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The Feds: Still Breaking Bad When It Comes to Freedom of Information law
Above image: one of the documents provided in response to my Freedom of Information request with the Dept. of Justice Inspector General
Federal agency that is supposed to encourage agencies to comply with the spirit and letter of FOI law– is itself an egregious violator
The following is a news commentary
Not only is the latest Freedom of Information (FOI) Act response I received from the Department of Justice (DOJ) Inspector General (IG) two and a half years late—a response was required under the law in about 30 days—it’s also woefully inadequate.
In 2014, I filed a complaint asking the DOJ IG to investigate the unauthorized intrusions into my computers.
My employer at the time, CBS would not let the DOJ IG inspect the primary computer at issue: my work laptop. However, I provided investigators my personal Apple computer, which two independent forensics exams had found was also subject to the remote intrusions. Since the source of the intrusions was allegedly the government, I believed there was a chance that honest and experienced government investigators might be able to identify the perpetrators.
The DOJ IG investigators met with me on several occasions and generated many pages of notes and comments. They reported to me that they’d found to be suspicious deletions, alterations and unauthorized access to my personal computer. (Their work confirmed what the independent forensics exams had uncovered, but the feds were not as comprehensive.)
I was told all along that as the victim and complainant, I would be provided a final report by the DOJ IG.
But when the investigation concluded, the final report was delayed. When I inquired about it, I was repeatedly told it was being sent to “higher-ups” in the Department of Justice Inspector General’s office for review.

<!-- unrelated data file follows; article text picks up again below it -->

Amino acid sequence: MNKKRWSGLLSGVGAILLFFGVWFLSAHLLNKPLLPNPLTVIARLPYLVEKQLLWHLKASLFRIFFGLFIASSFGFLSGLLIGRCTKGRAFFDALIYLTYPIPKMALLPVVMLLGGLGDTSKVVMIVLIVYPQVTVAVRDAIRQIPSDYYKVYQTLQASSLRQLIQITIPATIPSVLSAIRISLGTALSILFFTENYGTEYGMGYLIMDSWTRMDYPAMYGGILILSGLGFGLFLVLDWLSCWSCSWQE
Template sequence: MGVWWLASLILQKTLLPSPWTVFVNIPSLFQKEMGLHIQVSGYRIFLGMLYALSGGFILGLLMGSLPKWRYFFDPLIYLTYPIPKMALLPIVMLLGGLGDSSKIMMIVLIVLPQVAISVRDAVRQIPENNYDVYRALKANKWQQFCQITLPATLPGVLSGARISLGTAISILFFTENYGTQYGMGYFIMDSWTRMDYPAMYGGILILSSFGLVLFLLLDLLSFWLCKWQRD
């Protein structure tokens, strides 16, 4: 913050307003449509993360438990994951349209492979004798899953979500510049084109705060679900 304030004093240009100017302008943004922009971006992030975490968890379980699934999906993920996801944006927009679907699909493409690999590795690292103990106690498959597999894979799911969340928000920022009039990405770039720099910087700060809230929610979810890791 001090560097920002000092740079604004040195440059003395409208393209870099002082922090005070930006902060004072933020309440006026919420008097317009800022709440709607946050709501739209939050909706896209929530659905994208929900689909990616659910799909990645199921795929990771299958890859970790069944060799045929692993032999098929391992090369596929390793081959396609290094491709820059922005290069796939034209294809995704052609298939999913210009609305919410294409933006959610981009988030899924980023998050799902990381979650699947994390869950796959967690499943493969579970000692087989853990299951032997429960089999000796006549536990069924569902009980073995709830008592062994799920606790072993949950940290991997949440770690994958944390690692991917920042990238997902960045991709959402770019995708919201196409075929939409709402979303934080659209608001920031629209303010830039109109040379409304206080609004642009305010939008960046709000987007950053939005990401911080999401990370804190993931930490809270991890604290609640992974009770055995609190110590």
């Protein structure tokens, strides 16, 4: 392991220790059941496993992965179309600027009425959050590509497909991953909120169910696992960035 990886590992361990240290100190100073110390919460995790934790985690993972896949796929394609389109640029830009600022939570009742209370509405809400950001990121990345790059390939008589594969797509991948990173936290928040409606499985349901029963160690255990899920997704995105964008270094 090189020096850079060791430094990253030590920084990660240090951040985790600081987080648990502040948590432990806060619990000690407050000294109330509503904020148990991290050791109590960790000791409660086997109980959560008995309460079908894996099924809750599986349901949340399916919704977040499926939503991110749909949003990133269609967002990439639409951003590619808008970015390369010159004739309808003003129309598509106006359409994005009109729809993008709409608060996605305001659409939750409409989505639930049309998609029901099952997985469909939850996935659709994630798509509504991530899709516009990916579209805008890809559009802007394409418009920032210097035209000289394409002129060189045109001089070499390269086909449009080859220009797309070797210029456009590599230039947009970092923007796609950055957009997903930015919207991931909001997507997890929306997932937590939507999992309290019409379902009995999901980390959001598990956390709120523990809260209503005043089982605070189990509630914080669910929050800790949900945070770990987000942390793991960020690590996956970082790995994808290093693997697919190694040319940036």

I repeatedly requested to receive a copy. One of the investigators told me I could always file a Freedom of Information Act request for the materials.
Months went by.
Ultimately, the report and notes about my computer intrusion investigation were withheld from me in their entirety, without explanation.
In 2014, I filed a FOI request for the materials but it was ignored — by the nation’s top law enforcement agency.
Eventually, Congress forced a partial release of the information, but it consisted of only a final summary that strangely omitted the notes and references that the investigators had made regarding the suspicious activities they’d told me they’d documented. All of those comments were wiped from the final summary, which was quickly released to reporters.
I have continued to press the DOJ IG to lawfully respond to my FOI request. Today, the agency sent a partial response that included the documents below.
As you’ll see, they even redacted information that would tell me who was communicating with whom about my case.
My question remains: What’s the big secret about the DOJ IG investigation into my computer intrusions?
2008 December: President Obama nominates Hillary Clinton for secretary of state. 2009 Jan. 13: Reports say the clintonemail.com domain was established. Jan. 21: Senate confirms Clinton as secretary of state. March 18: Clinton will later name this as the date she began using a private server for government business. 2012 Sept. 11: Islamic extremists launch […]